Once we have a basic understanding of design principles, it's key to use the right tools and reference the right resources to get the best results in an efficient way. Similar to having a proper development workflow, having the right design inventory can save you a lot of time and effort.
This is the third article out of 4-part series called Design for Developers. It covers tools and resources that might be helpful for anyone who's either designing applications from scratch or trying to seamlessly convert a design into a fully-fledged solution.
Use the right tools
You probably wouldn't try to paint a wall with a small round paintbrush. It would take ages and it would be hard to evenly coat the entire area. There are better tools for the job like a roller brush. Similarly, you shouldn't design from the code. Using a graphics program instead frees up a lot of your mental energy and speeds up the process drastically. You don't spend any time deciding which HTML tags to use, how to implement the alignment in CSS or abstract the code to avoid repetition. Furthermore, making any alterations to your design, changing colours or resizing elements will always be slower from the code. So spend some time learning how to work in a graphics program. If you're working on a user interface, choose a quality tool designed with that purpose in mind. Probably the two best options now on the market are Sketch and Adobe XD.
Screenshot from Adobe XD
Preparing the visual design isn't the only activity where you might benefit from using a dedicated program. Even if you're not preparing the design yourself, you definitely participate in communication and iteration on the design. The best tools for sharing resources, prototyping and collaborating between managers, designer and developers are Figma, Zeplin and InVision.
Screenshot from Figma
Taking Figma as an example, apart from previewing the design, it allows you to inspect all properties, gives you readymade snippets of code for the platform of choice or allows you to export the assets in the format you want. I can't imagine working without all of these capabilities.
It might be hard to say what you can do exactly to get better at designing or understanding design. You might know all the design principles and be able to leverage them. But there's undoubtedly an artistic or emotional aspect to design which might be hard to grasp.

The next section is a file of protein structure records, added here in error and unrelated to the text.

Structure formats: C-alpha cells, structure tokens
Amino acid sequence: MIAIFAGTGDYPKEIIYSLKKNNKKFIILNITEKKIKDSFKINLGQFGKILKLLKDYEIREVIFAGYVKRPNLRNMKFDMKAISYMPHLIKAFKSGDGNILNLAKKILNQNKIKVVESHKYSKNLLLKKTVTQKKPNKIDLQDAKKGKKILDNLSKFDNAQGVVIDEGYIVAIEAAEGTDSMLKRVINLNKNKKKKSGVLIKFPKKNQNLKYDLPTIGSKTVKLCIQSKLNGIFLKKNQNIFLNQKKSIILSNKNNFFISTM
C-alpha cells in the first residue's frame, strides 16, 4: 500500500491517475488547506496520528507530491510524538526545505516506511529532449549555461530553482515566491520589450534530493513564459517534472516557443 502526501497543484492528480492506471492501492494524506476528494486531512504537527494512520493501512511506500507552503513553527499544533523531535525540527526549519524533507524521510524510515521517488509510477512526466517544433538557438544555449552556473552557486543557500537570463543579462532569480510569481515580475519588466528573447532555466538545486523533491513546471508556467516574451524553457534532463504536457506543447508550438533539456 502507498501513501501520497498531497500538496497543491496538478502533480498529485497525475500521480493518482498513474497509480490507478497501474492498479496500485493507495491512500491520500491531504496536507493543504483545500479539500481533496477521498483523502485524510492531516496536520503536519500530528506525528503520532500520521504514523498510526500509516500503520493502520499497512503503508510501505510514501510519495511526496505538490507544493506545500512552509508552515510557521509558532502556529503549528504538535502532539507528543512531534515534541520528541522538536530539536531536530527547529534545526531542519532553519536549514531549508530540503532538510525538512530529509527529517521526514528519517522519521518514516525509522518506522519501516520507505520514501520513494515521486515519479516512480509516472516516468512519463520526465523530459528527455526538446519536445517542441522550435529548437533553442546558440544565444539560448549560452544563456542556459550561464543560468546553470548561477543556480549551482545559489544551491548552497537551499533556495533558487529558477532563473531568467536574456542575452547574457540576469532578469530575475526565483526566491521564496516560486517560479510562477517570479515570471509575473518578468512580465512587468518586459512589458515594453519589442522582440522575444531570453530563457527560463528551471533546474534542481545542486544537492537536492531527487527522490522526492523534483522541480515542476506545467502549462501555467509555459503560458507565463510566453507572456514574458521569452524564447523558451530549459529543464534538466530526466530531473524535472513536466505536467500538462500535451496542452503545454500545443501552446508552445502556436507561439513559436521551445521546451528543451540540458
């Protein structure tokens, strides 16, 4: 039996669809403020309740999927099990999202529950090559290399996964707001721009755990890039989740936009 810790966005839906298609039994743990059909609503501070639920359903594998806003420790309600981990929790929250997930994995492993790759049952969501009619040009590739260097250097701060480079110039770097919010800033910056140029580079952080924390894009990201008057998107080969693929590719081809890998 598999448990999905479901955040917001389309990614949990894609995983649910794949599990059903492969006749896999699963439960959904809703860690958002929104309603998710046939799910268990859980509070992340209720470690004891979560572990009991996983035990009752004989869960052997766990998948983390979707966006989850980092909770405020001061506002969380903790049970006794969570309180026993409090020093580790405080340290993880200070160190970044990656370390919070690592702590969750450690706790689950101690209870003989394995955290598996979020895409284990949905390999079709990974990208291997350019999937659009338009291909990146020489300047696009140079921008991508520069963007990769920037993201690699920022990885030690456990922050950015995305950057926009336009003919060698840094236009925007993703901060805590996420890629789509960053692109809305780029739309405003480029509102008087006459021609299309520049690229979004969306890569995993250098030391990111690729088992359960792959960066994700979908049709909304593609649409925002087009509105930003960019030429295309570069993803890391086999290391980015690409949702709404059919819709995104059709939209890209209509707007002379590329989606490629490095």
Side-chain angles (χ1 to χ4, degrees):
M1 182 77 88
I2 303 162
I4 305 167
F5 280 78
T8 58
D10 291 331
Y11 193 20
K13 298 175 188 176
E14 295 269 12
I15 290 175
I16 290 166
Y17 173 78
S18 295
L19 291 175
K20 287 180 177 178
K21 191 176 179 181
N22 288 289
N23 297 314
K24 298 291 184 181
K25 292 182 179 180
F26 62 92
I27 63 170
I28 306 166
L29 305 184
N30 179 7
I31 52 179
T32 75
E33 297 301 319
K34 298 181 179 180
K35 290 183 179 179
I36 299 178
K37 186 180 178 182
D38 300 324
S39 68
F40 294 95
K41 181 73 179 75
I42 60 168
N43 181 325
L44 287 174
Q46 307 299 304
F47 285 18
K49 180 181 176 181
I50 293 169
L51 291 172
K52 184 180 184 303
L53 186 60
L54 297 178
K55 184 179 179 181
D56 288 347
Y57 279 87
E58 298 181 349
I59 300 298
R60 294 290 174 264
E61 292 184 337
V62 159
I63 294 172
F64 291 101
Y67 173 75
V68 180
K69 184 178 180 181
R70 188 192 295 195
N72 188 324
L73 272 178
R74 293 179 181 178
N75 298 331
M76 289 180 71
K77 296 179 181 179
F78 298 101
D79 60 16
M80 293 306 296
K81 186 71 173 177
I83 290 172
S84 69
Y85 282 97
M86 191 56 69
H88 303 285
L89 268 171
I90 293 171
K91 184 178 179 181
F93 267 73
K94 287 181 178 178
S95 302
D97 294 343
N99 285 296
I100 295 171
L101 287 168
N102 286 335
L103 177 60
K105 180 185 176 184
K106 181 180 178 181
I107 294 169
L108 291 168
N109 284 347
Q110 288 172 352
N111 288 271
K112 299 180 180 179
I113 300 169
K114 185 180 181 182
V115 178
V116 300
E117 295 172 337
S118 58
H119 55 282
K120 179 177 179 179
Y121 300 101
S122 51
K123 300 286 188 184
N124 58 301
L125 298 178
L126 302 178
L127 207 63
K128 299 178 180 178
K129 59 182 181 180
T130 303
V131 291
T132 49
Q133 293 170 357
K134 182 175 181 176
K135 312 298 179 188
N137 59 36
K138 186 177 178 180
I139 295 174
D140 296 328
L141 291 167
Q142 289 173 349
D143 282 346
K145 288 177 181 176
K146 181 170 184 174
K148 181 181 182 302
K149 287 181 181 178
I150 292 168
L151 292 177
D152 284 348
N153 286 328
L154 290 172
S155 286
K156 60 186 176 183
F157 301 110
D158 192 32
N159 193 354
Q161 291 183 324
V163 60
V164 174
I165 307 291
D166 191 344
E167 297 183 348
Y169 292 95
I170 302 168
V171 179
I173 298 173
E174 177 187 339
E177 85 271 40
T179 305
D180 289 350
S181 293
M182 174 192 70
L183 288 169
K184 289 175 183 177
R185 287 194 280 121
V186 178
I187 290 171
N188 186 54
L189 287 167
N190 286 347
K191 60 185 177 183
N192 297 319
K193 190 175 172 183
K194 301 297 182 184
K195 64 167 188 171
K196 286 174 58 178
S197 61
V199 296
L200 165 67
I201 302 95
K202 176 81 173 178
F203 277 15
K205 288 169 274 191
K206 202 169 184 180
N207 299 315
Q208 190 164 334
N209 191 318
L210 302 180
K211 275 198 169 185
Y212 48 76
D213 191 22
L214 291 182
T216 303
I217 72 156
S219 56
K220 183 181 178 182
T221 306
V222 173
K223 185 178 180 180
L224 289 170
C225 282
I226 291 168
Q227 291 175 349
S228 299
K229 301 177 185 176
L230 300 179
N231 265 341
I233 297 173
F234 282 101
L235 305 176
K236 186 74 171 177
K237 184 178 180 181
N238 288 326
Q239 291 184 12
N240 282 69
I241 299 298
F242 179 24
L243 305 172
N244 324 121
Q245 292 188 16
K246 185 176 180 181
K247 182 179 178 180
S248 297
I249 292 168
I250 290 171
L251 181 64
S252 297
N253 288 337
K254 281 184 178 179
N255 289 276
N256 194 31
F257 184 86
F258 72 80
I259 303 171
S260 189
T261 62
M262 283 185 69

There are some great platforms and aggregators which will allow you to surround yourself with quality design. Use them to get inspiration or ideas from the best.
- Dribbble - a social networking platform for designers and creatives. To be able to publish your work there, you have to be invited by one of the members of the community, which increases the quality of the designs that you might find there overall.
- Behance - another platform to showcase and discover creative work, this time from Adobe. In general, you might find a broader spectrum of design than on Dribbble which is mostly focused on interfaces and branding.
- Muzli - Chrome browser extension that replaces your empty tab with a curated list of designs based on top picks from the platform as well as your custom preferences.
- Awwwards - web design and development competition body. You might find there exceptionally well-crafted websites as well as some examples of highly innovative web experiences.
Reference quality resources
It's quite common in engineering that when you have a particular problem, there's a high chance someone already had the same problem in the past. Design is no different and that's why it's important to look for quality resources. Here are a few examples of tools and resources you might find helpful when designing or working on the interface of your application.
- Material Design - complete design system from Google team. It goes from the fundamentals and reasoning behind colour or typography choices all the way to working visual components for your platform of choice (mobile or web) or resources such as icon or font libraries.
- Chakra UI - an example of a component library for React, focused on accessibility, highly customizable and convenient to use. It also has a premium version, with more components and support for creating a custom design in Figma to build entire websites even faster.
- The Futur - an online education platform, covering many topics, from design through typography to brand strategy. There are also a lot of free resources and real-life case studies of projects which can be extremely helpful and provide a lot of insight from both the design and business perspective.
Those were some examples of the tools and resources to help your design and development process. The internet currently contains such a vast expanse of material, new products and apps appear so frequently, that when you have a more specific problem, you should be able to find a solution specifically designed to tackle that (you can always check on Stack Exchange for any specific Design or User Experience questions). I hope you will find some of those resources beneficial to your work!